AIC Celebrates Black History Month


Bianca Figueroa-Santana

Students show off their reading material at Blind Date with a Book.

Ajanay Hughes Pearson, Staff Writer

This year, AIC celebrated Black History Month with a variety of different events hosted by different organizations on campus. There were a total of twelve events hosted across campus in celebration of Black History Month including a concert with Malado Music. “Blind Date with a Book” was an event in celebration of Black authors. There was also a luncheon with President Hubert Benitez, and a conversation centered around Black Mental Health. The Center for Diversity Education and P.R.I.D.E. did a great job of celebrating Black culture in different ways, through art, and through history.

This year marked 47 years since President Gerald Ford officially recognized Black History Month in the United States. The fight for Black History Month started in 1915 with Carter G. Woodson and Jesse E. Moorland when they founded the Association for the Study of Negro Life and History (ASNLH). The purpose of the ASNLH was to dedicate research to promoting the achievements of Black Americans and other peoples of African descent. The ASNLH, later known as the ASALH, held the first-ever Negro History week in 1926. Black Americans nationwide loved how the ASNLH was celebrating Black history, which encourages communities and people to celebrate their culture and history as well.

The celebration of Black Americans was especially crucial during the civil rights movement. It was so important that the celebration went from “Negro History Week” to Black History Month at many colleges. The celebration of Black culture and history helped keep civil rights activists and people in Black communities united and strong. It reminded so many of what they were fighting for in some of the darkest times. Over the last decades, racial tensions continue to rise because of things like police brutality. Representation of Black Americans is also important.

According to the AIC website, 23% of undergraduate and graduate students at AIC are Black or African American. 23% is a high percentage of students in comparison to schools like Springfield College and the University of Massachusetts Amherst. With the high percentages of Black students at AIC, celebrating Black History Month is pressing.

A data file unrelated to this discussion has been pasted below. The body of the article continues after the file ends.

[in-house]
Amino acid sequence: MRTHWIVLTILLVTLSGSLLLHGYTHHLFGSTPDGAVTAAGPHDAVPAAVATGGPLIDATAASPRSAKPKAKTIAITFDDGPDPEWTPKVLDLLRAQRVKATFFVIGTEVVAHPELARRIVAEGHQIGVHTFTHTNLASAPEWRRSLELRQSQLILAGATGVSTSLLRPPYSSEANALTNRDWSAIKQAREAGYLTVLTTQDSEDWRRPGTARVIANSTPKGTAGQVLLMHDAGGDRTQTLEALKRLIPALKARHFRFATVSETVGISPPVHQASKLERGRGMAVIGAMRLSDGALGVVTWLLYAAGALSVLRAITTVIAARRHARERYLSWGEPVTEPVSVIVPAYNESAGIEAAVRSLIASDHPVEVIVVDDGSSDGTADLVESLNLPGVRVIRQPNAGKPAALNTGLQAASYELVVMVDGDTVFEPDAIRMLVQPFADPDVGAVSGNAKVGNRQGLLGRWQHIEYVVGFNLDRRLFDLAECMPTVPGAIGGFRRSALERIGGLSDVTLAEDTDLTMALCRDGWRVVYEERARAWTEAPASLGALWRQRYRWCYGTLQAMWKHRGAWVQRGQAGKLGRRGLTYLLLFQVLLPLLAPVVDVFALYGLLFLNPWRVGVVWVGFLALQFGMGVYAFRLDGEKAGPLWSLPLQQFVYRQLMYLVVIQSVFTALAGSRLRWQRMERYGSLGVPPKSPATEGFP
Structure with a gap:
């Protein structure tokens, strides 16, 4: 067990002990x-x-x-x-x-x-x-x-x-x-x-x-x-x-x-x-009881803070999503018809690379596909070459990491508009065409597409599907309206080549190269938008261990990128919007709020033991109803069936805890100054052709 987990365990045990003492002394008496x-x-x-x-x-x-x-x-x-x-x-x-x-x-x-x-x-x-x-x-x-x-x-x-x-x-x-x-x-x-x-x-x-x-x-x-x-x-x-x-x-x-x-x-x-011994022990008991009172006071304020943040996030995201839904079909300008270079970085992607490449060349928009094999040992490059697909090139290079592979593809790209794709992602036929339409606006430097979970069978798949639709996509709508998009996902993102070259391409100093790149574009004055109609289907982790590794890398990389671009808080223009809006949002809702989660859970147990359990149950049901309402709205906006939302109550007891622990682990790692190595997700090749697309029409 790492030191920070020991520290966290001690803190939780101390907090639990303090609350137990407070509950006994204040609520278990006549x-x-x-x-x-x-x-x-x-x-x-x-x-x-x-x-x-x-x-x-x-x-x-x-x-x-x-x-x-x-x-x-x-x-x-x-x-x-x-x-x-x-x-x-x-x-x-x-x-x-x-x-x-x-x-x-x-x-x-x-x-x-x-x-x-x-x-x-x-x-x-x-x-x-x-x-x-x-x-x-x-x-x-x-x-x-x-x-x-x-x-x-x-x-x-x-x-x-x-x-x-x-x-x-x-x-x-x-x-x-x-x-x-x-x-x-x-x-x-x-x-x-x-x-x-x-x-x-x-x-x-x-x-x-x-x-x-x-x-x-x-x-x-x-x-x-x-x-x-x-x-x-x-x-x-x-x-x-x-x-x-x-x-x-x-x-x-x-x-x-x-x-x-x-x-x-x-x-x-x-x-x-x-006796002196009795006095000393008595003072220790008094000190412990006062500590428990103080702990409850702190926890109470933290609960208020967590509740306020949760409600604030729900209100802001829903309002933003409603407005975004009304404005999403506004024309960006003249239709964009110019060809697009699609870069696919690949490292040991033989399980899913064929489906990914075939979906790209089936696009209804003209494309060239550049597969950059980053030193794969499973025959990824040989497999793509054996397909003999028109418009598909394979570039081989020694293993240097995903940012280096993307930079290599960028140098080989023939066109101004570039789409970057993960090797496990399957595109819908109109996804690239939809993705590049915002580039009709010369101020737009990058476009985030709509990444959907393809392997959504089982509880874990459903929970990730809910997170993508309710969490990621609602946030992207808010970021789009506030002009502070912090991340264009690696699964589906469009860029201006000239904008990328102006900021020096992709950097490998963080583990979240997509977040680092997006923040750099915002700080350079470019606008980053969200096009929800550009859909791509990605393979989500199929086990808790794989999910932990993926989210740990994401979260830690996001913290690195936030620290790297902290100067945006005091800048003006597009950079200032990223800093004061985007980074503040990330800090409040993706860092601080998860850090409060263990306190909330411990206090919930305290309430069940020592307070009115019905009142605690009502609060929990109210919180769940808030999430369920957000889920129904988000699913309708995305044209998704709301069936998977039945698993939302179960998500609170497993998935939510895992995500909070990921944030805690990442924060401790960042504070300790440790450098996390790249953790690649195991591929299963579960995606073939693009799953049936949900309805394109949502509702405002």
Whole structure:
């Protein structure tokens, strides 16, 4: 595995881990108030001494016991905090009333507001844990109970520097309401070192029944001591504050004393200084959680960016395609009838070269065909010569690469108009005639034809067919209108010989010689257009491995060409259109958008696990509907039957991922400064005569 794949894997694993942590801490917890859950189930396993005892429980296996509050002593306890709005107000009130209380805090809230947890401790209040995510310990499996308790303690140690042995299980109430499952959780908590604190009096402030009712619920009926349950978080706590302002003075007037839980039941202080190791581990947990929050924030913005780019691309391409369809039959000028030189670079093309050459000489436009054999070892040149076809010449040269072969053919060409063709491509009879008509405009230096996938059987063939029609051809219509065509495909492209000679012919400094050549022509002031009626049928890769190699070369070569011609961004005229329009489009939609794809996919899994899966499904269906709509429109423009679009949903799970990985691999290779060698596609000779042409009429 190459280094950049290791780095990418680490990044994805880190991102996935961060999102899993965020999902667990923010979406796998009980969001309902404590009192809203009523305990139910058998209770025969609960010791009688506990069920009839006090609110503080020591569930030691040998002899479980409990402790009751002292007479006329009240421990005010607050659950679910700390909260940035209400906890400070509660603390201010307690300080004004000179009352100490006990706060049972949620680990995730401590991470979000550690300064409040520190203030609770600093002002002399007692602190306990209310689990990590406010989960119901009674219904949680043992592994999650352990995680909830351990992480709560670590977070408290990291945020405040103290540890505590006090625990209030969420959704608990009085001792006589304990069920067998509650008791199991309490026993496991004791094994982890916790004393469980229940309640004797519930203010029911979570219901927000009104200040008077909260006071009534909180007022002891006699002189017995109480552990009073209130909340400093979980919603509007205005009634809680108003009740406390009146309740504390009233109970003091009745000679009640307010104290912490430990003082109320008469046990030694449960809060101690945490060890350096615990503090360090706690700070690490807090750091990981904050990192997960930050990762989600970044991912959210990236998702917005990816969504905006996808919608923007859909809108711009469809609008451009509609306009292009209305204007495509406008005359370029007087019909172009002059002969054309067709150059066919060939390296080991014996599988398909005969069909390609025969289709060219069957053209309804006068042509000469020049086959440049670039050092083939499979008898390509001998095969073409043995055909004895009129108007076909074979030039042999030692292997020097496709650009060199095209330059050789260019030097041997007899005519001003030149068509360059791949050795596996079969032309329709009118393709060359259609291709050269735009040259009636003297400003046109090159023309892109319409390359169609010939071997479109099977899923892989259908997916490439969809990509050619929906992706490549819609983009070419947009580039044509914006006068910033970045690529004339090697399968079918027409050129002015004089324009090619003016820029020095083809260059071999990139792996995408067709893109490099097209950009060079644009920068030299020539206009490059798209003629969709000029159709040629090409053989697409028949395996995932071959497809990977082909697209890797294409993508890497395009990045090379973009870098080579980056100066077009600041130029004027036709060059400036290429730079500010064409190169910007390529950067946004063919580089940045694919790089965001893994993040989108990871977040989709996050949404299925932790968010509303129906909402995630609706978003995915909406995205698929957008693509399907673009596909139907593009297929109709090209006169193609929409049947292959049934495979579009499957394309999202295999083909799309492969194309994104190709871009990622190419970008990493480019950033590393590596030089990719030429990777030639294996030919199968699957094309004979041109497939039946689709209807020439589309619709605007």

List of events for Black History Month at AIC. (Ajanay Hughes Pearson)

I interviewed Antoinette O’Connor, one of the attendees of the “Blind Date with a Book,” an event where books were wrapped up so that you couldn’t see what they were before you opened them. Each wrapped book had a little description on the wrapping paper. She said that she “felt like this event was great!” By the time she got to the event, most of the books were gone and students were flowing in and out of the Center for Student Engagement. She continued by telling me how excited she was to have picked up a book about a young fashion designer in New York. O’Connor also said, “It was so empowering to see so many Black authors represented at AIC.”

Books on display for the “Blind Date with a Book” event. (Bianca Figueroa-Santana)
Isaiah Darden attended the Blind Date with a Book event. (Bianca Figueroa-Santana)

The Luncheon with the President was held in the Stinger Pub, and offered a chance for students to get to know President Benitez, and to voice how AIC can better support Black and Brown students. Building a stronger working relationships between the administration and the students can help both sides in the long run to see each other’s points of view. Many students said they felt “heard” by President Benitez.

Another event, “Black + Mental Health + Matters” was held to help create a space for Black students and allies to see the importance of Black Mental Health and what makes Black Mental Health unique. The Center for Diversity and Education collaborated with Art with Impact not only to start a conversation on Black Mental Health, but to show the resources available on and around campus to students. The event also demonstrated how art can be used to help with Mental Health.

Everyone at the event created poems to help them remember themselves whenever they needed. One student, Eve McCray, shared that she “enjoyed the event, and the art history that they used throughout the presentation” was her favorite part.

Overall, students at AIC enjoyed the Black History Month events that were held this year. In the future, I hope that more students can attend in order to help AIC continue to see the importance of hosting events centered around Black culture.

Students show off their reading material at Blind Date with a Book. (Bianca Figueroa-Santana)